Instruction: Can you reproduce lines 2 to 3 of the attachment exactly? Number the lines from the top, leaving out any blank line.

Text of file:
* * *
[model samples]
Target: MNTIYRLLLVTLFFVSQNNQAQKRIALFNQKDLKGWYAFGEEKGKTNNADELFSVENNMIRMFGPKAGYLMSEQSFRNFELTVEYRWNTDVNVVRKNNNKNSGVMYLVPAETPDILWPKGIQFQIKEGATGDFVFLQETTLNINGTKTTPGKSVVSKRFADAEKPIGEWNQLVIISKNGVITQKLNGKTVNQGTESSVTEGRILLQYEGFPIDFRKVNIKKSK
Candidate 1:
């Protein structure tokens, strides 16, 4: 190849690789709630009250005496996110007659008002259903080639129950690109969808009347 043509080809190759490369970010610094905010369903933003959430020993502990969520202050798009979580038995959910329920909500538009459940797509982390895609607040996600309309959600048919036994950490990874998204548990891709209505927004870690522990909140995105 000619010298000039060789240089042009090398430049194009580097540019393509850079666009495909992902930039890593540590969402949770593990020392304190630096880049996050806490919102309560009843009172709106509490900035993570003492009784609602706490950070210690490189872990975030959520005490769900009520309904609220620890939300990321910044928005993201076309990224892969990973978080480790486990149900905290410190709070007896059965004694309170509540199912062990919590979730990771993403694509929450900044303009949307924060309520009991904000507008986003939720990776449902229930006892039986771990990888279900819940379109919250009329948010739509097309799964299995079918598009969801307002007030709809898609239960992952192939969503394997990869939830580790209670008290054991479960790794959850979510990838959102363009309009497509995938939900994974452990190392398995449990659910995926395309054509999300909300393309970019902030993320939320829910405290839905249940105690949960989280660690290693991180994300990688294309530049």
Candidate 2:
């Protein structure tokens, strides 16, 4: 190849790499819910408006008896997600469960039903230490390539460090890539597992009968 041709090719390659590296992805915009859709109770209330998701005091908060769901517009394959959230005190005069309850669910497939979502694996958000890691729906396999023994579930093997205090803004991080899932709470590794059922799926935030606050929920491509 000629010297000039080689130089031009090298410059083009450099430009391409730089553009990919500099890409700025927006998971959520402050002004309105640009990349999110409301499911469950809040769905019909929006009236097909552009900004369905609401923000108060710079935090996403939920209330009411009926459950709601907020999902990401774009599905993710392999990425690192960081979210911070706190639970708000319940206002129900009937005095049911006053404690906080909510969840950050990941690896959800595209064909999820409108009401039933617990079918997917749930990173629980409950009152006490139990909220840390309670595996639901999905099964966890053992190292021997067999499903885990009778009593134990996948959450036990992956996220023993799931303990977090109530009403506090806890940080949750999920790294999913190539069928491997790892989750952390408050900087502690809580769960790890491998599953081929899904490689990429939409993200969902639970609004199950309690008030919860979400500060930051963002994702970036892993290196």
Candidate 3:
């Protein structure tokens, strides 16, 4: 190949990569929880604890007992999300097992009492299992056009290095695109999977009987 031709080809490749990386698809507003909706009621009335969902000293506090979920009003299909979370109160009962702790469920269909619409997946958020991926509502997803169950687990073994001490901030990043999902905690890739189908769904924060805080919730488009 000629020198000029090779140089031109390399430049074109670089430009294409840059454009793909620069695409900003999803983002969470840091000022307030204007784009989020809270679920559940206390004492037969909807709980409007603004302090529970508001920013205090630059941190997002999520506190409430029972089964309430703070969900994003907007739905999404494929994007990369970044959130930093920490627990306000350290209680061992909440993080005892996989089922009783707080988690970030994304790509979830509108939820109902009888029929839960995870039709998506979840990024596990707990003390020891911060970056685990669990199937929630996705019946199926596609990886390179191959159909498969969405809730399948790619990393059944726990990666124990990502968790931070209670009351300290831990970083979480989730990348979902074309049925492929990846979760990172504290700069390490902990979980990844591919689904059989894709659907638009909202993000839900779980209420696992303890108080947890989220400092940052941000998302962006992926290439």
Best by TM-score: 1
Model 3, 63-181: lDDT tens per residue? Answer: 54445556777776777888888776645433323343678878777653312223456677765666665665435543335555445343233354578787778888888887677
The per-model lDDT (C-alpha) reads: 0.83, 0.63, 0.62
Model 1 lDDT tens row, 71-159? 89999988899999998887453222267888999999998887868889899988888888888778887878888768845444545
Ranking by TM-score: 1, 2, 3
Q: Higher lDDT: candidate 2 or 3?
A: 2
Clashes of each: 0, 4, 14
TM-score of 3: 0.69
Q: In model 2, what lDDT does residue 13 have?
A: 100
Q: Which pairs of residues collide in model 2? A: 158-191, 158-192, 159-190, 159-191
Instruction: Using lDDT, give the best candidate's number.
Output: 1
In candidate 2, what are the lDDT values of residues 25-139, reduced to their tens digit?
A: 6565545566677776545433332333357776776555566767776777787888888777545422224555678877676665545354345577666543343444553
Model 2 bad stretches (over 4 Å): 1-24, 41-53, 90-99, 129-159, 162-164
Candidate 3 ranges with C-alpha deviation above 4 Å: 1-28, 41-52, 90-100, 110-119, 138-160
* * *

Target: MNTIYRLLLVTLFFVSQNNQAQKRIALFNQKDLKGWYAFGEEKGKTNNADELFSVENNMIRMFGPKAGYLMSEQSFRNFELTVEYRWNTDVNVVRKNNNKNSGVMYLVPAETPDILWPKGIQFQIKEGATGDFVFLQETTLNINGTKTTPGKSVVSKRFADAEKPIGEWNQLVIISKNGVITQKLNGKTVNQGTESSVTEGRILLQYEGFPIDFRKVNIKKSK
Candidate 1: